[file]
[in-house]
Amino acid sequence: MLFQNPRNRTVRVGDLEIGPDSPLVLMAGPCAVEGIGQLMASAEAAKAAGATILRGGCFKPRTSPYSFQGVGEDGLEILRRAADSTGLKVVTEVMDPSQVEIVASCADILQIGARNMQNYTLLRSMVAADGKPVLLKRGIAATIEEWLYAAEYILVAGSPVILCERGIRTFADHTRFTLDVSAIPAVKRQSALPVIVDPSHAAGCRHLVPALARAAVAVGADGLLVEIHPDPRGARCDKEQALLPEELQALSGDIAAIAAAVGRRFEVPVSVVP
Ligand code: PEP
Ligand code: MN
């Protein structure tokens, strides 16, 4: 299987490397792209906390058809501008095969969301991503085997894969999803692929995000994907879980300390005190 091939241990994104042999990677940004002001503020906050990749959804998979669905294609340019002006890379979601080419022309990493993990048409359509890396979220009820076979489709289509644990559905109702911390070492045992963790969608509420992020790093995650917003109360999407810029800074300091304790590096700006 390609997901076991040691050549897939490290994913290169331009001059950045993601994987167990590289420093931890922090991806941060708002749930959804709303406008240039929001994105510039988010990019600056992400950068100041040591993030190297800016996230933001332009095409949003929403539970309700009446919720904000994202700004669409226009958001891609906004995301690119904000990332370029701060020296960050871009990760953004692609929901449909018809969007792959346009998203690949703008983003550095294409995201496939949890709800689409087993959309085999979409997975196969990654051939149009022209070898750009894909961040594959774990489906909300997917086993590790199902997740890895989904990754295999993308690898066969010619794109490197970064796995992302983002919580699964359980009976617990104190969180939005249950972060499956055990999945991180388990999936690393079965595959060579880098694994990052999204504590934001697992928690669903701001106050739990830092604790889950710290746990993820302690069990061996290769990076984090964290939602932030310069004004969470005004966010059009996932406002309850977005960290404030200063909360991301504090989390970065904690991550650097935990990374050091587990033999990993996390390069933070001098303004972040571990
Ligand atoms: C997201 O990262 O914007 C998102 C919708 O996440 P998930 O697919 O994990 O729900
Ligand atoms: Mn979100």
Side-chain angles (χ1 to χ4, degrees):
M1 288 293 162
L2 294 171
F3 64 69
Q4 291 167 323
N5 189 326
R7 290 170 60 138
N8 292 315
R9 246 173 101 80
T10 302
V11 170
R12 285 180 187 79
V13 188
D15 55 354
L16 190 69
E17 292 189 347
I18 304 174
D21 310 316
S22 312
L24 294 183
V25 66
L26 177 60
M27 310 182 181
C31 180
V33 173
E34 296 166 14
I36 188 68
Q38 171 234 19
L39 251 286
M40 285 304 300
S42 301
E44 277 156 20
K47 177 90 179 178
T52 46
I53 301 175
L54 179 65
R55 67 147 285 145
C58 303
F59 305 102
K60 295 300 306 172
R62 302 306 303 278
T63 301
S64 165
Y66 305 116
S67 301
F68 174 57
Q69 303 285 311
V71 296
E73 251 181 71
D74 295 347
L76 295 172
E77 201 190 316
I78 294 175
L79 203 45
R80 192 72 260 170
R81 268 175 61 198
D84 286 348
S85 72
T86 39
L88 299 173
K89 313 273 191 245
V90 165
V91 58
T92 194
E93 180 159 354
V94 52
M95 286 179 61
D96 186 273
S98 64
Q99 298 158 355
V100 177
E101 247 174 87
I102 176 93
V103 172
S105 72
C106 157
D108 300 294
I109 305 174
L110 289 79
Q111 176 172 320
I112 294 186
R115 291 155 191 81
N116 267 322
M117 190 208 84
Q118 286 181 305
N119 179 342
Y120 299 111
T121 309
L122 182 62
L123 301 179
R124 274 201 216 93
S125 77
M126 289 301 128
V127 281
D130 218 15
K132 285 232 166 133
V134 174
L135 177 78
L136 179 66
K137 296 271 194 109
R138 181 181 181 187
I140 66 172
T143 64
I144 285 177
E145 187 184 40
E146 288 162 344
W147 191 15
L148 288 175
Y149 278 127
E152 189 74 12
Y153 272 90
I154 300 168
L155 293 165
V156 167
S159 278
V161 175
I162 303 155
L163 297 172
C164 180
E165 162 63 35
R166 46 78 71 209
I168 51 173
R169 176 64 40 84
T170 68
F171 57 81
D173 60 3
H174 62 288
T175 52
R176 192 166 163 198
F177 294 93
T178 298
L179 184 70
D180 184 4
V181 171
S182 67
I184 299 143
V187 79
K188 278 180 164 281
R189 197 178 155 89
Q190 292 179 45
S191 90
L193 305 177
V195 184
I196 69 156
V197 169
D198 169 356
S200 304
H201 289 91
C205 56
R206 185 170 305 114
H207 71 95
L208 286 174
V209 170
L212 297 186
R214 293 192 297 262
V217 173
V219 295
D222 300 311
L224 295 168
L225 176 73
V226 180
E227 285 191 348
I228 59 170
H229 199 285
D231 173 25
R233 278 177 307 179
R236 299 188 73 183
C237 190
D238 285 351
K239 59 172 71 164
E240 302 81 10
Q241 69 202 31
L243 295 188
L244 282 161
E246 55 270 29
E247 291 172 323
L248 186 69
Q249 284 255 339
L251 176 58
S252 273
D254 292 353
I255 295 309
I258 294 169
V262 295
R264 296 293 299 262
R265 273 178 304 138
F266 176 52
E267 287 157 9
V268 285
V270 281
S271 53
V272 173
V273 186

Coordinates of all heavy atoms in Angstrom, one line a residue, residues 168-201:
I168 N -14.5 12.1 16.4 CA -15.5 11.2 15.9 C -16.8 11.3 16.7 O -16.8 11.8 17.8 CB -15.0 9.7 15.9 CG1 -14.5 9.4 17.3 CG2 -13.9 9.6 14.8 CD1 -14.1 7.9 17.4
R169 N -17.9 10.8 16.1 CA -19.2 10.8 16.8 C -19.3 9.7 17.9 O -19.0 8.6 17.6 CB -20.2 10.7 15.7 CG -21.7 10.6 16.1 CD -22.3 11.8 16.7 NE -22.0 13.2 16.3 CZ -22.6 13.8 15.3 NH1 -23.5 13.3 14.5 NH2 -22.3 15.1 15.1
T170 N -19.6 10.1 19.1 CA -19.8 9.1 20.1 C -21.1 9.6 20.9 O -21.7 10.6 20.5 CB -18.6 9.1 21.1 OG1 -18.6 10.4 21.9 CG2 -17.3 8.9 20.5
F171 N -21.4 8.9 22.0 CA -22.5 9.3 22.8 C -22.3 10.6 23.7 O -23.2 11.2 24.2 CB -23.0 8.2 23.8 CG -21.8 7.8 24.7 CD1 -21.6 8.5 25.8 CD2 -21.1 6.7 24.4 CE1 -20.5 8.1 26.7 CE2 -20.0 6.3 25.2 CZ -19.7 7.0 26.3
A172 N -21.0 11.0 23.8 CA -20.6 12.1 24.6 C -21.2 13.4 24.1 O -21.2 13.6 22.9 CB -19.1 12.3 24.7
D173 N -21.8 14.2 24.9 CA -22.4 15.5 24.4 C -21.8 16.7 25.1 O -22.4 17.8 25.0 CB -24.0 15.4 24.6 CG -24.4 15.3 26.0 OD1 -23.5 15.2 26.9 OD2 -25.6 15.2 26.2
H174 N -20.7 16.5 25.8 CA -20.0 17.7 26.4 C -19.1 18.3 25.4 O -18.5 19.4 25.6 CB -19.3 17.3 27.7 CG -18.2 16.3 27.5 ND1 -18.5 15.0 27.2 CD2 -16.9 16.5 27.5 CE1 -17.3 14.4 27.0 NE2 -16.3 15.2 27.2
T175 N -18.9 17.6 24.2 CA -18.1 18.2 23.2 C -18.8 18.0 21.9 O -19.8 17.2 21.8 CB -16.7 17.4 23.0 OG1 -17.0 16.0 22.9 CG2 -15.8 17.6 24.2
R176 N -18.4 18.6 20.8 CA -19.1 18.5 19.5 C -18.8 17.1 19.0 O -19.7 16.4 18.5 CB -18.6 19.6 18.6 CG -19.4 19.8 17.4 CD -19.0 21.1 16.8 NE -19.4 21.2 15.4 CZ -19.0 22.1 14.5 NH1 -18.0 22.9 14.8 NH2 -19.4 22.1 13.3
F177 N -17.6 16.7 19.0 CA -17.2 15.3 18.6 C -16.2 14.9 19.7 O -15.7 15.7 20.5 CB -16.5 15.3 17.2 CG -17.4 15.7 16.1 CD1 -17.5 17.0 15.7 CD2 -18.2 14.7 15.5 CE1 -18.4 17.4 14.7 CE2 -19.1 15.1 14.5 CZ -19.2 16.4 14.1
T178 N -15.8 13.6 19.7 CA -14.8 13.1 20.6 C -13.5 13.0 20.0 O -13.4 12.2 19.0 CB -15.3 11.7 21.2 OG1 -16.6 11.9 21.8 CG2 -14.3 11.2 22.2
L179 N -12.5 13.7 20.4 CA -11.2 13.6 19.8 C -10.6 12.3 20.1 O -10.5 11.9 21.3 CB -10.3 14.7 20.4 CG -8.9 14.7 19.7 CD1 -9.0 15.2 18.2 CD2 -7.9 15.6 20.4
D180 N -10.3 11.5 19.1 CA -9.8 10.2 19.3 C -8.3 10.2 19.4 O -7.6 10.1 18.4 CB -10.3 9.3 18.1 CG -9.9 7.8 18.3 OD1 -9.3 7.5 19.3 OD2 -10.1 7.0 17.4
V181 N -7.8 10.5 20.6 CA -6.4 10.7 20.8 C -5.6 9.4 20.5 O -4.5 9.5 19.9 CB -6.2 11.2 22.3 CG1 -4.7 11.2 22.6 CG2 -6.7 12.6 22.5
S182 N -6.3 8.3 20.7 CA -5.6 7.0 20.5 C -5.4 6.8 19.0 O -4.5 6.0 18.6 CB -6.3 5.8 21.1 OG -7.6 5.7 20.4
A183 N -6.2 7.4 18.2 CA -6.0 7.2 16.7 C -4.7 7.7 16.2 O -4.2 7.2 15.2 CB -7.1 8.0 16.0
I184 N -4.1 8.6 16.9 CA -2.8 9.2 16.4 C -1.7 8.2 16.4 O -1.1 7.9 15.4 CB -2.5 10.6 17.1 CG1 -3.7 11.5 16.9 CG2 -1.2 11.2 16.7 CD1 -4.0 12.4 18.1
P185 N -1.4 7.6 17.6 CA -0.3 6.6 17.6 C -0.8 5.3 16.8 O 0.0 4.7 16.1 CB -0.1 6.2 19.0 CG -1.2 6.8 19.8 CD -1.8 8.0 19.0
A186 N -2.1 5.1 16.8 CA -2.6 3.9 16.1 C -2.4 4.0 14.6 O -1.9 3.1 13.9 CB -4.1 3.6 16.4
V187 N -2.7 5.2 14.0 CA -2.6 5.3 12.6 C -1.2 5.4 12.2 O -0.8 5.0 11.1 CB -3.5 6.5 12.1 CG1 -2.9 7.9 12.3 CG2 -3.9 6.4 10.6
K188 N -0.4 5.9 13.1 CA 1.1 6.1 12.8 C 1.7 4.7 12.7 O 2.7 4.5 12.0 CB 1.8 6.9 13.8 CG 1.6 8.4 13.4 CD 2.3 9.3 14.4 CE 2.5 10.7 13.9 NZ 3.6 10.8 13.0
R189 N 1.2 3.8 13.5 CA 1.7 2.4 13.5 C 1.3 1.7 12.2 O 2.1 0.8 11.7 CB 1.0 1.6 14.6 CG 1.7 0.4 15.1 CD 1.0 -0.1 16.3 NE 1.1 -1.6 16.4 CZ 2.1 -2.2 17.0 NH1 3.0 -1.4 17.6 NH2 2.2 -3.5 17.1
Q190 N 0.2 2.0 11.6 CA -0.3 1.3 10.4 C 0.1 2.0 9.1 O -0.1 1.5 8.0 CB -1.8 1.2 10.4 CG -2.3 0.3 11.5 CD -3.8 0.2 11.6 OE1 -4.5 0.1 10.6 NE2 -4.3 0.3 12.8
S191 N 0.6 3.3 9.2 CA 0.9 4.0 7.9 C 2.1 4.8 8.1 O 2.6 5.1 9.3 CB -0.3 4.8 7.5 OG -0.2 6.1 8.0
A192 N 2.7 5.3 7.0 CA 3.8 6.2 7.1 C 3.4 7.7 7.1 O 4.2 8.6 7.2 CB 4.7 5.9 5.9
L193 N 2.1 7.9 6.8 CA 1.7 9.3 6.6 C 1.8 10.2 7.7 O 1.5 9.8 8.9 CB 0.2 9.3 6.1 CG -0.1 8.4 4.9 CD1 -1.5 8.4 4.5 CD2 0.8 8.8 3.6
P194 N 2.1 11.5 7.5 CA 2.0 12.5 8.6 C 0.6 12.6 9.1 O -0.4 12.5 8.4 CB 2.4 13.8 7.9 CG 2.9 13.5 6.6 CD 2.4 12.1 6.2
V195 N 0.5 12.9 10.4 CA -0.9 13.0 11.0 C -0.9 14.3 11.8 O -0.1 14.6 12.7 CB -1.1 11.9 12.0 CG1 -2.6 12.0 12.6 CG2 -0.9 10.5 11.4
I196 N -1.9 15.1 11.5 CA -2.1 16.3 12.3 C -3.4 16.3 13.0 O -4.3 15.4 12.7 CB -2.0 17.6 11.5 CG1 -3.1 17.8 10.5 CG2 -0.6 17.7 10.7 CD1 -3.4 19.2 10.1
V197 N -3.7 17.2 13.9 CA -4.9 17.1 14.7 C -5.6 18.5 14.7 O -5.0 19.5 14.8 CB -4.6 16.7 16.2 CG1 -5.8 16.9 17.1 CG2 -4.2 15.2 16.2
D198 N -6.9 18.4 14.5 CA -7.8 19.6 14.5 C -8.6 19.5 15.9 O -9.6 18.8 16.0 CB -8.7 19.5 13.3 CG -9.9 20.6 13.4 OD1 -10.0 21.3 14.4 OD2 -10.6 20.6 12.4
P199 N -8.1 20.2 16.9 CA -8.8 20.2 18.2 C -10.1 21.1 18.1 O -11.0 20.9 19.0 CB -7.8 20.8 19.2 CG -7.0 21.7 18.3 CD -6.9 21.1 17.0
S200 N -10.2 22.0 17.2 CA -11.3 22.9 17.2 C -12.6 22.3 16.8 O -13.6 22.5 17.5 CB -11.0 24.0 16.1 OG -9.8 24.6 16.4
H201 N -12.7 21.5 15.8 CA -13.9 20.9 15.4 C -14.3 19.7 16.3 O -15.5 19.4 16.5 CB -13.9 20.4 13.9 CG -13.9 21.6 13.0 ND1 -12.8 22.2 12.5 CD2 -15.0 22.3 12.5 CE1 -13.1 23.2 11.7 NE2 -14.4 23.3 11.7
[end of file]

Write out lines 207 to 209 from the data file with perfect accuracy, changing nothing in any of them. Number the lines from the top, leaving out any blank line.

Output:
D173 N -21.8 14.2 24.9 CA -22.4 15.5 24.4 C -21.8 16.7 25.1 O -22.4 17.8 25.0 CB -24.0 15.4 24.6 CG -24.4 15.3 26.0 OD1 -23.5 15.2 26.9 OD2 -25.6 15.2 26.2
H174 N -20.7 16.5 25.8 CA -20.0 17.7 26.4 C -19.1 18.3 25.4 O -18.5 19.4 25.6 CB -19.3 17.3 27.7 CG -18.2 16.3 27.5 ND1 -18.5 15.0 27.2 CD2 -16.9 16.5 27.5 CE1 -17.3 14.4 27.0 NE2 -16.3 15.2 27.2
T175 N -18.9 17.6 24.2 CA -18.1 18.2 23.2 C -18.8 18.0 21.9 O -19.8 17.2 21.8 CB -16.7 17.4 23.0 OG1 -17.0 16.0 22.9 CG2 -15.8 17.6 24.2